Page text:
Another week passes and Greek negotiations slip past increasingly tenuous deadlines. European leaders continued to press for firm economic development plans while Greece held firm. Proposal rejections are a daily occurrence as each side continues to push hard without issuing iron clad ultimatums.
Greece knows that European leaders such as Jean Claude Junker wish to see the euro survive, potentially at the cost of economic (and potentially political) sanity. At the same time, Germany remains on the hook for the best part of €63.5bn out of a total of €324bn Greek debt. Were Greece to default, Germany would be one of the biggest losers.
While new deadlines approach this weekend, the euro and the EU have a history of doing just enough to carry things over. Long term problems are kicked into the long grass because many of these problems are intractable given the perilous state of Greek finances.
The upshot of the current situation is that the euro remains under pressure and is likely to do so for some time. Even if a deal is announced, markets have a history of picking through the holes within weeks.
The British pound by contrast has been keeping its nose clean. The British economy is no bed of roses, but the economic recovery remains largely on track. We can see the pound’s dominance over the euro over the last 12 months with 2015 being a messy range.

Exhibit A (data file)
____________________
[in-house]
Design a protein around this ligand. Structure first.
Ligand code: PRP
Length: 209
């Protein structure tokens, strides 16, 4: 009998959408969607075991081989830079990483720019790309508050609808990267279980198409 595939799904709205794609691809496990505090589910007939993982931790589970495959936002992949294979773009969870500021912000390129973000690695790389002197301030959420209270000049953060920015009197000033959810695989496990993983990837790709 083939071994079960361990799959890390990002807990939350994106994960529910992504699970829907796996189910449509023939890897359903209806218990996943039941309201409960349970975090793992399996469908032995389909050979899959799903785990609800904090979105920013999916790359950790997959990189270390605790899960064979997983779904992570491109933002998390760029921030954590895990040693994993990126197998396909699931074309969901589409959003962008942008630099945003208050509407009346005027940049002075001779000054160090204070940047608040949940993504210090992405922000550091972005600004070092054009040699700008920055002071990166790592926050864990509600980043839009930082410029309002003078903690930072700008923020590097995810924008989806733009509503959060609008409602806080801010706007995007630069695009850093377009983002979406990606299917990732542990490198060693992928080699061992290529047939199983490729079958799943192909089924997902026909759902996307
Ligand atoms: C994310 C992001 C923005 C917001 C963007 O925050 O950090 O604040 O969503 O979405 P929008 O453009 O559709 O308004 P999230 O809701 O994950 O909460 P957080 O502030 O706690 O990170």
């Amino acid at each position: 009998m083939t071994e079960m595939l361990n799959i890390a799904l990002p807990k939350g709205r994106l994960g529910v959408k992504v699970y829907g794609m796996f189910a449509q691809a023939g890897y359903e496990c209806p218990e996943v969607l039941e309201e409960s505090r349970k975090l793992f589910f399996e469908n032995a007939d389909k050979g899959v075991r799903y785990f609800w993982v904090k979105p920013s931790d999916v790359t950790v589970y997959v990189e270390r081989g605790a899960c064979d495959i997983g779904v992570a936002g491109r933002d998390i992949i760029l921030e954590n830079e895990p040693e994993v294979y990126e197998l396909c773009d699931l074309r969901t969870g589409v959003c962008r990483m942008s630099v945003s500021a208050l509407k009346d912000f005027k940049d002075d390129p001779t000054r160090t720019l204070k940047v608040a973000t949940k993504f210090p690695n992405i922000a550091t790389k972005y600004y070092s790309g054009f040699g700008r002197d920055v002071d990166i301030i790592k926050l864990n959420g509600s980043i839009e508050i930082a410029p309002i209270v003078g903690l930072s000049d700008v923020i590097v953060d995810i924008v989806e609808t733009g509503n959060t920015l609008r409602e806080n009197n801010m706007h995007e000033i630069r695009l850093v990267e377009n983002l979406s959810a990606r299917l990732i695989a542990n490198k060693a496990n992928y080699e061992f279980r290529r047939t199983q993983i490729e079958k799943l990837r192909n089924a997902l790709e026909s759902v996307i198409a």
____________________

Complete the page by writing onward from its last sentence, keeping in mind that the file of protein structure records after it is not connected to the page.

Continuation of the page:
As with the US, UK interest rate expectations have shifted a little further into the future, but the direction of travel is still decidedly higher. The pound’s performance is even better when viewed against the currencies most exposed to the ongoing oil price and commodity slump.
Oil Prices Weekly
After bouncing off a low of around $45, oil prices have struggled to make any progress past the $60 region and remain a long way from their 2014 peak.
Australia has had to cut rates this year to jump start the economy back into action as commodity prices come off the boil and China’s economy levels off.
The GBP/AUD has been on a steady climb over this time, with the pair now sitting close to its highest levels since 2009. The Ashes might just be a little more expensive for Australian tourists this summer.
The Canadian dollar has seen similar declines this year, allowing the GBP/CAD to approach its highest levels since 2008. The Canadian economy has been hard hit by the lower oil prices as companies freeze spending on projects in the tar sands region.
A Canadian rate cut does not appear to be on the cards, but every day that oil prices remain below $60 is another day that the economy suffers.
Money could still continue to flow into the British pound at the expense of the euro and the Canadian dollar appears an attractive pair to ride this trend with.
A good way to play this is a HIGHER trade predicting that the GBP/CAD closes above 1.9500 in 28 days for a potential return of 131%. Put another way, betting that the GBP/CAD will close above 1.9500 on July 23rd could return £23.08 for every £10 put at risk.
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